thumbnail Fig. 6

The nearest neighbor probability distributions in the AEGIS data binned with for the observed counts (solid histogram), and between random and observed counts (dotted histogram); error bars in the lower panel show 1σ uncertainties.

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The probability distributions ΔP(r) and ΔP(r | 1) averaged over 12 data sets are presented in the upper panel of Fig. 6. A histogram in the lower panel shows the difference between both distributions; the error bars indicate the histogram rms uncertainties obtained from the 12 pixel randomization. Dots show the model histogram obtained for the NNST best-fit solution slope of b = 1.595.

thumbnail Fig. 7

Differential number counts in the 0.5−2 keV band normalized to the Euclidean slope. The data points and the dotted line are taken from Georgakakis et al. (2008); dot-dash curve shows the AGN model by Ueda et al. (2003); solid lines – the number counts estimates based on the NNST in the AEGIS field: thick solid line – the best power-law fit, thin solid lines – 1σ uncertainty range due to the counting statistics; dashed lines – maximum total uncertainty including potential errors generated by inaccuracies in the PSF fitting. The count normalization at the bright end of the NNST model is fixed at the amplitude given by the Georgakakis et al. (2008) approximation.

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In Fig. 7, the results based on the NNST for the S band are superimposed on the differential number counts presented by GNL. The counts are normalized to the Euclidean slope of −2.5. Full dots and dotted line denote the counts and model by GNL, open circles are the counts of Kim et al. (2007), and the dot-dash curve are the predicted AGN counts from Ueda et al. (2003). The data points in Fig. 7 are based on a large number of Chandra pointings, including CDFS.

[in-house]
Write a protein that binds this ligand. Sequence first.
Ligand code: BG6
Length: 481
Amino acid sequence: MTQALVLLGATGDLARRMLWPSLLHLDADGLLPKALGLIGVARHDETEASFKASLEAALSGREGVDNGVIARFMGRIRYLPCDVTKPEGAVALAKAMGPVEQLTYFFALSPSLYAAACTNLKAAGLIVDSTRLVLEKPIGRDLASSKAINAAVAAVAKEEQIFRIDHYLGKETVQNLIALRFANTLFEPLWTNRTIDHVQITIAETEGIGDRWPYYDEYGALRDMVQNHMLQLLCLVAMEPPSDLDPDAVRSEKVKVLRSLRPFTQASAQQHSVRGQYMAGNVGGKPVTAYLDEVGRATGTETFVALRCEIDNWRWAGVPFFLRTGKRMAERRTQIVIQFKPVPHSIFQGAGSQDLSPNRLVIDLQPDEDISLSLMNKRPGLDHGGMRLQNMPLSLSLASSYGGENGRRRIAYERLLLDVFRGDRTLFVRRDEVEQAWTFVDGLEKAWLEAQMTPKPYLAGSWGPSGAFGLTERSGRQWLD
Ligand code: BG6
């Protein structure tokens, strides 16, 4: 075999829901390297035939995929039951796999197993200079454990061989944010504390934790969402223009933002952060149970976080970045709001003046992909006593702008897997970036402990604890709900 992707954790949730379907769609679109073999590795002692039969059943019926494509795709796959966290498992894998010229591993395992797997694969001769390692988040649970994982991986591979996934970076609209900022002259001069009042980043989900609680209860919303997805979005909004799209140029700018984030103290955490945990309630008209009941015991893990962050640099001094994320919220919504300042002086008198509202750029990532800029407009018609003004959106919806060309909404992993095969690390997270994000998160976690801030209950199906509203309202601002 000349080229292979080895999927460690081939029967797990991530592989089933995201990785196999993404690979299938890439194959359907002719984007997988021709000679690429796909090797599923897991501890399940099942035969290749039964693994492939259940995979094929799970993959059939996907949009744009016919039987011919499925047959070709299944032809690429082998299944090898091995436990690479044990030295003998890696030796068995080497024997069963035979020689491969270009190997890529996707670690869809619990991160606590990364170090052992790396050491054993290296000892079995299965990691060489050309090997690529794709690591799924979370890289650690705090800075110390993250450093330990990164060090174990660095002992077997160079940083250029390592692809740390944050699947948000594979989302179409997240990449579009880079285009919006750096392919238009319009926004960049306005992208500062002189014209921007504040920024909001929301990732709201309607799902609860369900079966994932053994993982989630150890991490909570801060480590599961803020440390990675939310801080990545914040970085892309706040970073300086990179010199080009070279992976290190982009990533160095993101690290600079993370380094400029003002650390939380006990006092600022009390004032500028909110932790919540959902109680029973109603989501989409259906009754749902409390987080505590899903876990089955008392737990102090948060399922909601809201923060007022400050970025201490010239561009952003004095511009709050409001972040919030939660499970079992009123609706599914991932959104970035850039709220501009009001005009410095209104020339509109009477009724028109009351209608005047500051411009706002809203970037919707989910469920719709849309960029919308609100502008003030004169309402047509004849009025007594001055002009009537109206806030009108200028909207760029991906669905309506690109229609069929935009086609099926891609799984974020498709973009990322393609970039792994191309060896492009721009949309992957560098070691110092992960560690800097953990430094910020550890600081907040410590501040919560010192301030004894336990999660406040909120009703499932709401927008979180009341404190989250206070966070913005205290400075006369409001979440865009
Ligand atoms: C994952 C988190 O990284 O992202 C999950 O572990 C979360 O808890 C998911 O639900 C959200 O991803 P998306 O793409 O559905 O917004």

The thick line shows the NNST best-fit solution with the slope b = 1.595 and the normalization fixed at S = 2.9 × 10-16 cgs. The number counts above that flux are described by the GNL model, i.e. over a wide range of fluxes the counts are approximated by a power law with the differential slope of −1.58 (some deviations at the low flux levels are evident and are discussed below). It is clear that the NNST solution is in full agreement with the direct source counts derived from the deep Chandra exposures. One should emphasize that the present NNST solution is based on the relatively shallow exposure relative to the data points. The sources at the low flux end of the present solution generate on the average in our data fewer than two counts each. The NNST is evidently capable of providing a sensitive estimation method for the population of sources which cannot be recognized as individual entities. We note that counts due to the sources generating the signal, i.e. producing 2 ≤ k ≤ 20 photons, constitute a small fraction of all the counts. In the present model, only about 1080 counts or 2.2% comes from these sources, while the remaining 97.8% is distributed randomly.

4.1.2. Error estimates

The number of counts attributed to the sources that generate 2 ≤ k ≤ kmax photons is small in comparison to the total number of events in the processed data even for the steep N(S) relationship. The NN pairs associated with the weak sources constitute a relatively small fraction of all pairs. This causes the rather large statistical uncertainties in the NNST method. In our case, the rms of the slope b in the S band amounts to 0.230. The situation is even worse in the H band, where the rms uncertainty in the slope reaches 0.34 (see below).

The evaluation of the systematic errors is less straightforward. Several potential effects could influence our estimate of the count slope. The first one, already discussed in Sect. 3.2, is associated with our PSF approximation. The complex shape and intricate position dependence of the PSF requires us to adopt an approximate treatment. Our PSF fits inevitably introduce errors. Unfortunately, the amplitude of these errors is difficult to assess. Because of that, we adopted a cautious approach to this problem. In addition to the best-fit PSF model, we considered two ancillary sets of PSFs that delineate the observed count distribution of the strong sources and also confine possible deviations introduced by our simplified model of the PSF variations over the field of view. A visual comparison of the actual count distributions and that of our model PSF shows that the  ± 15% modification of the PSF width account for any potential deficiencies in our PSF calculations.